BALDWIN: Jeff Zeleny, thank you, at the White House.


BALDWIN: With me now, CNN chief political analyst Gloria Borger, and Elizabeth Sherwood-Randall, who served as the White House coordinator for defense policy in Obama White House.

OK, welcome to both of you. 

And, Gloria, just...


BALDWIN: Thank you. 

Just to you first, Gloria, on we know that President Trump had spoken to Benjamin Netanyahu over the weekend. We know that Mike Pompeo -- thank you -- we know Mike Pompeo had met with Netanyahu on Sunday. Does this mean that the president essentially green-lit what Netanyahu presented to the world, and thus does this mean that the president's leaning on pulling out? 


I think there's no way that Netanyahu would have done this, as you pointed out earlier, in English first, which means he was speaking not only to Trump, but to the American people, and that he got the go- ahead from Trump and Pompeo to do this.

I think if I were Macron or Angela Merkel or Theresa May, I might be a little upset about this, if they were not clued in on this, because, don't forget, they were all lobbying the president last week to kind of don't end it, mend it, to renew an old Bill Clinton phrase. 

And I think that Netanyahu got to the president and showed him all of this intelligence, an. i must say, Brooke, that it was stunning to me, the intelligence that he presented. 


BORGER: I mean, it was highly sophisticated, and you kind of -- you sit back and you wonder, wow. how did they infiltrate that way? Who did they have working with them on the inside in order to get this? It was quite remarkable.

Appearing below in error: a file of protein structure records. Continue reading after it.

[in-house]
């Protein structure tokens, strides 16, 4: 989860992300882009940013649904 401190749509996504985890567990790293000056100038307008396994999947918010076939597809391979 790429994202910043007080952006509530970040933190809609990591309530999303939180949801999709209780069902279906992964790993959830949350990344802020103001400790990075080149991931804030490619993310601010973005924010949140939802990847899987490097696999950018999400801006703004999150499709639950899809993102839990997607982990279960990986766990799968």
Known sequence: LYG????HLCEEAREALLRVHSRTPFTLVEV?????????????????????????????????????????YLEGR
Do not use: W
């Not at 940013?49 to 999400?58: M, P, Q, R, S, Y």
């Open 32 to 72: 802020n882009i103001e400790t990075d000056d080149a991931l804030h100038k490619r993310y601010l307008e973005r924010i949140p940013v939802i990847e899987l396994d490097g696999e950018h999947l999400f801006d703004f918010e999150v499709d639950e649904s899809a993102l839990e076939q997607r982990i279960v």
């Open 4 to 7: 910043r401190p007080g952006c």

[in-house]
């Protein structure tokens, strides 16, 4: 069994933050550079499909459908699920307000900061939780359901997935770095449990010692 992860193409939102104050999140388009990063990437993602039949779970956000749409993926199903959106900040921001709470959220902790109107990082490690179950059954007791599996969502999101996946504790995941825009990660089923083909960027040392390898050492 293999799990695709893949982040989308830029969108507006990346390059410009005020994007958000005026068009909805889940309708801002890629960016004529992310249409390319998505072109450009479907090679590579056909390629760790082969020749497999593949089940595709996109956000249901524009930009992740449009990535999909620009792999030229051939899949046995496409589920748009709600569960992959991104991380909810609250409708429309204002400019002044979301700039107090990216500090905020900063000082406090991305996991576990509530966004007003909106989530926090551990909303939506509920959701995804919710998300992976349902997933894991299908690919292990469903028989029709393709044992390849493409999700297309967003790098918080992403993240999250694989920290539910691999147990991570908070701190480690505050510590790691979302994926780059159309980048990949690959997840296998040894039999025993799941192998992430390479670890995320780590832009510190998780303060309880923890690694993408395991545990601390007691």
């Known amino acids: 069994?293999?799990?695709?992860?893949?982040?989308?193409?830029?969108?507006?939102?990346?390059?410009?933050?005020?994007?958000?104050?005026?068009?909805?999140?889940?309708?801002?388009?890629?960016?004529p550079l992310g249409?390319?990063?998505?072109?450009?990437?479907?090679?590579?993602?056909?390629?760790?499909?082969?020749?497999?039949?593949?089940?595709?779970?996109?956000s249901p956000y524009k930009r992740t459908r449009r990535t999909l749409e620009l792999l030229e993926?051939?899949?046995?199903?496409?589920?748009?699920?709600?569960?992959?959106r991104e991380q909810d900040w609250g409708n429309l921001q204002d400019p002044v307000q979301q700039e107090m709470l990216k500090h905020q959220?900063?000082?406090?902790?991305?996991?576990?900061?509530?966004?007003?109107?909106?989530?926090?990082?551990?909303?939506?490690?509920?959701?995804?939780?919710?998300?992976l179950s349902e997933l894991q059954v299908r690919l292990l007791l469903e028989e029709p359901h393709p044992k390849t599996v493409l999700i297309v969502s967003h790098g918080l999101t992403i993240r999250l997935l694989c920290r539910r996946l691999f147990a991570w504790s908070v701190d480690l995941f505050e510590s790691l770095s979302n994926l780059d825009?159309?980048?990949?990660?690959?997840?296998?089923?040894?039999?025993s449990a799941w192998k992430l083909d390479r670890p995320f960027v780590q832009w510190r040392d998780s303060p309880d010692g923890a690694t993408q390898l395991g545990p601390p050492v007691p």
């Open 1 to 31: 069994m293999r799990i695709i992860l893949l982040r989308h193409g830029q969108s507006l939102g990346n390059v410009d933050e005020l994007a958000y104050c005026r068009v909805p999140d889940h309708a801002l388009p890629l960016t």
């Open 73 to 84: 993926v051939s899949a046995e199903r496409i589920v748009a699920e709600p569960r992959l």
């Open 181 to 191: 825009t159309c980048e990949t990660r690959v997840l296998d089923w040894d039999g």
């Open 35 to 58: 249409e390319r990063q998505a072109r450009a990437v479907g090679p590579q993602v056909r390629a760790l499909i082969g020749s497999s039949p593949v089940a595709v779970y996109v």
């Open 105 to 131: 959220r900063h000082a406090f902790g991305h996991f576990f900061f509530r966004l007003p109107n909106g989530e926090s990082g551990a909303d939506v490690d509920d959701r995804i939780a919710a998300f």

BALDWIN: Also remarkable, some of the claims, Elizabeth, four claims from Netanyahu that Iran lied about never having a secret nukes program. After the 2015 deal, they say Iran continued to preserve and expand its nuke weapons for official use. Iran lied again in 2015 when it didn't come clean with the nuke deal. And, lastly, the Iran deal is based on lies, obviously, an opinion, although it was presented as fact.


Do you -- what did you make of those claims and how the prime minister laid them out? Because I was speaking with Fareed Zakaria last hour. And he was saying much of what Netanyahu said is already out there, it's not a secret. 

SHERWOOD-RANDALL: So while Israeli spycraft is impressive, I actually didn't hear anything that surprised me.

The reason we negotiated an Iran nuclear agreement is because we knew Iran was determined to have nuclear weapons. And we needed to put a stop to their developmental program. And what we did in the agreement that was achieved with Russia, China, the Europeans and the United States, and Iran, was to stop the two pathways to the bomb, their acquisition of sufficient uranium, enriched uranium, to build a bomb, and their acquisition of plutonium to build a bomb. 

With those two dimensions arrested, set back for many years, then we knew that there would be sufficient time, were the Iranians to proceed again to try to build a bomb, for us to intervene.

When we came into office, we learned how close the Iranians were to be able to build a bomb, and when we left office in the Obama administration, we had set that back significantly. We knew there was never no risk. What we did was put time on the clock.